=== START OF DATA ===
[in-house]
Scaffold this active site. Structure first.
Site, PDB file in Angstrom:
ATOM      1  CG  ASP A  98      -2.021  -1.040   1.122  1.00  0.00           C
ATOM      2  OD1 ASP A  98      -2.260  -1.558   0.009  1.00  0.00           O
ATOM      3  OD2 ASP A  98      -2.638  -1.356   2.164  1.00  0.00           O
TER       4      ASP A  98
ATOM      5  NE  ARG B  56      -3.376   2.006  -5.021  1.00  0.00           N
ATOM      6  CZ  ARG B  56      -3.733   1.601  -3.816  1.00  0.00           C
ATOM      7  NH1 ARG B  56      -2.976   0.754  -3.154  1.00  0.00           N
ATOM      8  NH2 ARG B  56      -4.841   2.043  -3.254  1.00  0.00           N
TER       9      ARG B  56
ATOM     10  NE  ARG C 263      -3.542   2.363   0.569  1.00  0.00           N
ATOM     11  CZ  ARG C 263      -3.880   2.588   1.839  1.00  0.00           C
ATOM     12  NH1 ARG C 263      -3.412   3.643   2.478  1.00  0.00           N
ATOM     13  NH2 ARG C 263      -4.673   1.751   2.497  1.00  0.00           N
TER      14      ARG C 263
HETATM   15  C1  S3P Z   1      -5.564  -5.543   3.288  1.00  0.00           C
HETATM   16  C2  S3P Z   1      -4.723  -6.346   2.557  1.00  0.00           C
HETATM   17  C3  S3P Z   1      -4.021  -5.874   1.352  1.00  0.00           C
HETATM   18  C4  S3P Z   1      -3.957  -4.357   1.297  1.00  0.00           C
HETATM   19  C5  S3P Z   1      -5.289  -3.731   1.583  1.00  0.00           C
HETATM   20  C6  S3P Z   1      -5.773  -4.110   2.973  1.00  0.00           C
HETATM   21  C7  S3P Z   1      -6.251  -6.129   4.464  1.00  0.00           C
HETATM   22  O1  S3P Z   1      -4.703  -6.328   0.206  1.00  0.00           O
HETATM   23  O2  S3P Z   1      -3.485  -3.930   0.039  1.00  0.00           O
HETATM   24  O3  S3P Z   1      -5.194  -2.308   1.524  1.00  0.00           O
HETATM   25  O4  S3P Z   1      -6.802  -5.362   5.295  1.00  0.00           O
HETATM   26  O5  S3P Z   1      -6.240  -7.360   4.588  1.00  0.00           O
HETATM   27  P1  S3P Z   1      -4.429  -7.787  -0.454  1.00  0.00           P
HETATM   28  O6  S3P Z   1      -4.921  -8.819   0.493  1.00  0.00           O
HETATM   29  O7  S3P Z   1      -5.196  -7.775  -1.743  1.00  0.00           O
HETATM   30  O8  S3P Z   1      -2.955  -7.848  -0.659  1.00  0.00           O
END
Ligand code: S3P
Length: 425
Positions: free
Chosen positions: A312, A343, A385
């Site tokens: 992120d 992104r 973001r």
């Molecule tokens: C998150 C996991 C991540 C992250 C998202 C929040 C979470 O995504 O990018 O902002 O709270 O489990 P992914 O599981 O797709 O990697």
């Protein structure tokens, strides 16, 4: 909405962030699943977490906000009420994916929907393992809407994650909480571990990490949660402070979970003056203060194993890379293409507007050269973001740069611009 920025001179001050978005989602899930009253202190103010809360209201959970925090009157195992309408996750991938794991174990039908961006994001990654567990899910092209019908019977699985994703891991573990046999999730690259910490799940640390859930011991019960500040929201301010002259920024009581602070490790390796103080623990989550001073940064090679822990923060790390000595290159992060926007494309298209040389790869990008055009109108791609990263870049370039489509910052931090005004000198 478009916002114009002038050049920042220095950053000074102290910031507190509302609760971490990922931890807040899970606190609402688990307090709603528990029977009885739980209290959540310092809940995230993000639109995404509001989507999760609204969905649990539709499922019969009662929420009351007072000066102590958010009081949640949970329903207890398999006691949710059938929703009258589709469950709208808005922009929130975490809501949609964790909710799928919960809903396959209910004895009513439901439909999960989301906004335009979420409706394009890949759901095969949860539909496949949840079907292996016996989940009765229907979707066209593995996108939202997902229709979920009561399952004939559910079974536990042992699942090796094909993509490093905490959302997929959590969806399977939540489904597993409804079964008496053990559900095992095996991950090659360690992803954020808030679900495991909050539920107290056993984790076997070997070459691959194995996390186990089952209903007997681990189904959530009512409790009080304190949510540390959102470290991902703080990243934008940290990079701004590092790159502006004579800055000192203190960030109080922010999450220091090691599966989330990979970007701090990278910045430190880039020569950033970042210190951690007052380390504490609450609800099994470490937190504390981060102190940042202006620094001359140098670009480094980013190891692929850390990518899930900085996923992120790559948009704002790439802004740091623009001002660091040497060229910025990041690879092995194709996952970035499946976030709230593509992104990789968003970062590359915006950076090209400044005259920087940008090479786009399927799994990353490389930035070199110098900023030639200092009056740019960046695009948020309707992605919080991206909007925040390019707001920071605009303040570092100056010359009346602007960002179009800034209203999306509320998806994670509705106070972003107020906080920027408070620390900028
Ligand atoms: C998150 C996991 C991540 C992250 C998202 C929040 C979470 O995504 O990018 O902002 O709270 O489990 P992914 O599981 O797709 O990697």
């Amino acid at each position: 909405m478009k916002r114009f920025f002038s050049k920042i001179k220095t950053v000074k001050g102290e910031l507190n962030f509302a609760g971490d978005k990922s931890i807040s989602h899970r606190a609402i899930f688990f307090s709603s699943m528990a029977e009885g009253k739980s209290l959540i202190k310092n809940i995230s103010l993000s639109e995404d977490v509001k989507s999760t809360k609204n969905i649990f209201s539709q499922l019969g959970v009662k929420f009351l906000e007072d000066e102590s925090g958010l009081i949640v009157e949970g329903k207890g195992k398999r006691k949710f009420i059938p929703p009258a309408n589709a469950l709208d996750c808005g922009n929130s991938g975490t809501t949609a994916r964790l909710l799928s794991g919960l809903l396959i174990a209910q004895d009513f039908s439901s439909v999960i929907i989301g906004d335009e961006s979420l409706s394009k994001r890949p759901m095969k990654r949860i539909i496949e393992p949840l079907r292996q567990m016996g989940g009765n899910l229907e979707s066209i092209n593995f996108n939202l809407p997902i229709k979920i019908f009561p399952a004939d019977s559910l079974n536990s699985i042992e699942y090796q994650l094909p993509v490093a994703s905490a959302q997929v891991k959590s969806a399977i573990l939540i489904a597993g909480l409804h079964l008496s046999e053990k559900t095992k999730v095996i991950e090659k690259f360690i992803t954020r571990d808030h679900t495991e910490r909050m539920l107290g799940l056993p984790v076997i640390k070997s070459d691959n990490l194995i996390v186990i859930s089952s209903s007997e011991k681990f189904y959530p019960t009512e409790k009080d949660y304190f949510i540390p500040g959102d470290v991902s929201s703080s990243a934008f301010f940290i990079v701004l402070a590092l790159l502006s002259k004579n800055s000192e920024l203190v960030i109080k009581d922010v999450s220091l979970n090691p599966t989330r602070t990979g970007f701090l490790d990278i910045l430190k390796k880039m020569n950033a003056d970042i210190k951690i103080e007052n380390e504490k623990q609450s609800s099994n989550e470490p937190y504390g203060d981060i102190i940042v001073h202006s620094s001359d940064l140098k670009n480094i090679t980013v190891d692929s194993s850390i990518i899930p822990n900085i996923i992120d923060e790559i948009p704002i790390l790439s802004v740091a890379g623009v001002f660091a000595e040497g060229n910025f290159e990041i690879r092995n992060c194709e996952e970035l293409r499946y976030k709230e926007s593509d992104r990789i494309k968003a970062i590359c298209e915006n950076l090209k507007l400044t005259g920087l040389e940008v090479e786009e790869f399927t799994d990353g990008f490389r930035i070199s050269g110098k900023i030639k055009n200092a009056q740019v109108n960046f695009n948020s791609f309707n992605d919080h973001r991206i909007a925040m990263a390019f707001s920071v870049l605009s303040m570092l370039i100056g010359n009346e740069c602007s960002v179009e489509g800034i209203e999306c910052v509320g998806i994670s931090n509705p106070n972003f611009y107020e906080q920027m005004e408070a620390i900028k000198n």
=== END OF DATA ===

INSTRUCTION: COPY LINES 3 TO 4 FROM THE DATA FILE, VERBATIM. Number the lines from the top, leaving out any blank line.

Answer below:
Site, PDB file in Angstrom:
ATOM      1  CG  ASP A  98      -2.021  -1.040   1.122  1.00  0.00           C